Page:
In the early 1990s, the U.S. electricity industry was plagued by cost overruns and stagnant productivity. Many states turned to deregulation to promote innovation and cut costs, a strategy that had worked for the telecommunications, trucking, natural gas, and airline industries. Yet, after the California energy market's infamous meltdown in 2000-2001 triggered the recall election of Governor Gray Davis, deregulation lost popular and political support. Plans to introduce competition and retail choice in electricity markets were stalled or abandoned nationwide--in every state but Texas.A lesson here for New Zealand ... and our Commerce Commission?
This volume explores how Texas's groundbreaking program of electricity restructuring has become a model for truly competitive energy markets in the United States. The authors contend that restructuring in Texas has been successful because the industry is free from federal oversight within the state; because new investments in electricity supply have been encouraged to insure that increased demand for power is met; because restructuring has spurred the growth of more efficient electricity technologies and business models; because the markets integrate wholesale and retail competition; and because the operation of the transmission grid has been changed to maximize its efficiency.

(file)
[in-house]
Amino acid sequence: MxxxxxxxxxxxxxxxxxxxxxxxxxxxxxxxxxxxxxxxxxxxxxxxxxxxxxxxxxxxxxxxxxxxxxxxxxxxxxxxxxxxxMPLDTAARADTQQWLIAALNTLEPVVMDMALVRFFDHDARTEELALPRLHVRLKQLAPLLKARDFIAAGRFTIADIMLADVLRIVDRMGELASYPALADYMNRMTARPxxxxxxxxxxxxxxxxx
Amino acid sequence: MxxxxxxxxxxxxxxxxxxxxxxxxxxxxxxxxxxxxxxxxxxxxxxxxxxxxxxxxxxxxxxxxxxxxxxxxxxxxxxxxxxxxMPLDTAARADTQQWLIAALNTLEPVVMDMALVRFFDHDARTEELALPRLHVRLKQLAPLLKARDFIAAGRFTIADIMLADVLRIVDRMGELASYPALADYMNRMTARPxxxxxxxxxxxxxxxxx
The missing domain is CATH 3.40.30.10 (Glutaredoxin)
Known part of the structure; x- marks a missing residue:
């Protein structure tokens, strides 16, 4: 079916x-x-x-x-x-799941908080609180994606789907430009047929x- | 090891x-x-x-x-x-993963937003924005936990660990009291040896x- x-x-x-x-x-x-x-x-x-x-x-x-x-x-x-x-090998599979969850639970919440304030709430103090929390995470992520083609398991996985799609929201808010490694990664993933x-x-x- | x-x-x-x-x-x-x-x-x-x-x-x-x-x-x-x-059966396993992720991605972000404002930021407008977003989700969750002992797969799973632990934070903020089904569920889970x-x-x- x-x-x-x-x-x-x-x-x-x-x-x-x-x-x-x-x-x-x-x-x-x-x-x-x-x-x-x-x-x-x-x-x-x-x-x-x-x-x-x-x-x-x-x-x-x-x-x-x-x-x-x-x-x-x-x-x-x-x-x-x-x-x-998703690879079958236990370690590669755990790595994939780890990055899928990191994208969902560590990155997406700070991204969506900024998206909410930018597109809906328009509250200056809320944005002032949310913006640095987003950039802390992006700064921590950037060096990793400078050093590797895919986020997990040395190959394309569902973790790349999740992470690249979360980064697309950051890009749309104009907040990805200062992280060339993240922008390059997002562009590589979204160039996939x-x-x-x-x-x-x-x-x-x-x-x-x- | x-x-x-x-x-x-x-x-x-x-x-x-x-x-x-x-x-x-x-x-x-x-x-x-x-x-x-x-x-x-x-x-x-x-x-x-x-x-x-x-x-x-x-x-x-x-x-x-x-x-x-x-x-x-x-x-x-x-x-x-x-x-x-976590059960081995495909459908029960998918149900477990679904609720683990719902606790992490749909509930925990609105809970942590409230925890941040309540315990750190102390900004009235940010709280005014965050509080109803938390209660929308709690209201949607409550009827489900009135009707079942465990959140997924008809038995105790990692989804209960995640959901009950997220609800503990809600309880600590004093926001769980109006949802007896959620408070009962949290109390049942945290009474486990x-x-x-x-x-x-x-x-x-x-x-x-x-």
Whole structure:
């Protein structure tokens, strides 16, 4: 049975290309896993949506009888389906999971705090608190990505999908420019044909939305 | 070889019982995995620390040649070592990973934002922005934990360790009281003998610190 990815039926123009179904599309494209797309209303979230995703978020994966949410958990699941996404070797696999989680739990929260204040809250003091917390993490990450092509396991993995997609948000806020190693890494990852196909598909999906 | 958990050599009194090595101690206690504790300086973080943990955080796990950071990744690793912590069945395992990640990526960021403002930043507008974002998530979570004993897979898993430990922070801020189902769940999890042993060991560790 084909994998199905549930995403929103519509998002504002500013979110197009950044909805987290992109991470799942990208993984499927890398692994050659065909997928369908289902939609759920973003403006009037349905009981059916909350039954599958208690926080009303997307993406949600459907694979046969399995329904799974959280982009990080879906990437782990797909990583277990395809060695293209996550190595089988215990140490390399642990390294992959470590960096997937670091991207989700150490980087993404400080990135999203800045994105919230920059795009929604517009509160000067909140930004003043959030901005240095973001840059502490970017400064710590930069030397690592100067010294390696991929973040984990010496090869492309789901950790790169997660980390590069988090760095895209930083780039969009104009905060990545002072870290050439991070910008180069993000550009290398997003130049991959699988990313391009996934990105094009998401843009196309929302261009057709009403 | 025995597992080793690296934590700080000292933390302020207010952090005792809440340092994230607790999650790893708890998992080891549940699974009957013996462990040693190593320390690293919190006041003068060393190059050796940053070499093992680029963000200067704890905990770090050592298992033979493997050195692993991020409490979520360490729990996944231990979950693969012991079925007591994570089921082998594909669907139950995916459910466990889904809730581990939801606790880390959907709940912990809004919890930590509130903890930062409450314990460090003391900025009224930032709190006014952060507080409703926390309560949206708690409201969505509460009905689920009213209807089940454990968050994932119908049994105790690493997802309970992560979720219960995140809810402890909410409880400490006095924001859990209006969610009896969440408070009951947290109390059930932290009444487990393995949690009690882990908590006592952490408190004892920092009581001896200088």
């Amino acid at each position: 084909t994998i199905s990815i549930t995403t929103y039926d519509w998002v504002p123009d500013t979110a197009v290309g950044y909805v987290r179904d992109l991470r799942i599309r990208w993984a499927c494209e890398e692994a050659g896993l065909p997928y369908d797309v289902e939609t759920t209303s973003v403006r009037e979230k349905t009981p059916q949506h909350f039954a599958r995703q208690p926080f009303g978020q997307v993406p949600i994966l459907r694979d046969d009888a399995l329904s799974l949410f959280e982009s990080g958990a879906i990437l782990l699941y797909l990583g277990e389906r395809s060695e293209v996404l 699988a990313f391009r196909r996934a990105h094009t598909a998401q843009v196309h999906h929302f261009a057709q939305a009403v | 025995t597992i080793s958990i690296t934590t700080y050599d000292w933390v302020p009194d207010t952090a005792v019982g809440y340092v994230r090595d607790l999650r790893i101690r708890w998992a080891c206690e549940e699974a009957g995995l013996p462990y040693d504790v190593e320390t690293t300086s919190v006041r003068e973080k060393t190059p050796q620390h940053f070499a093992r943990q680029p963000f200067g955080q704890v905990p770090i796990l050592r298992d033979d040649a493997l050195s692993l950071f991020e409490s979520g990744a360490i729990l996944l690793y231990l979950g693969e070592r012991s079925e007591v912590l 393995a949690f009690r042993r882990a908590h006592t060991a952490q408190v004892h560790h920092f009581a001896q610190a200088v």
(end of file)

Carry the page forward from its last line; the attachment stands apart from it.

The success of electricity restructuring in Texas proves that deregulation is both feasible and potentially effective. State policymakers' commitment to competition, decentralized coordination, and ongoing market analysis have made Texas's electricity industry the most competitive in the country. Electricity Restructuring: The Texas Story offers a unique set of guidelines for deregulation done right.
(HT: Edward J. Lopez at Division of Labour)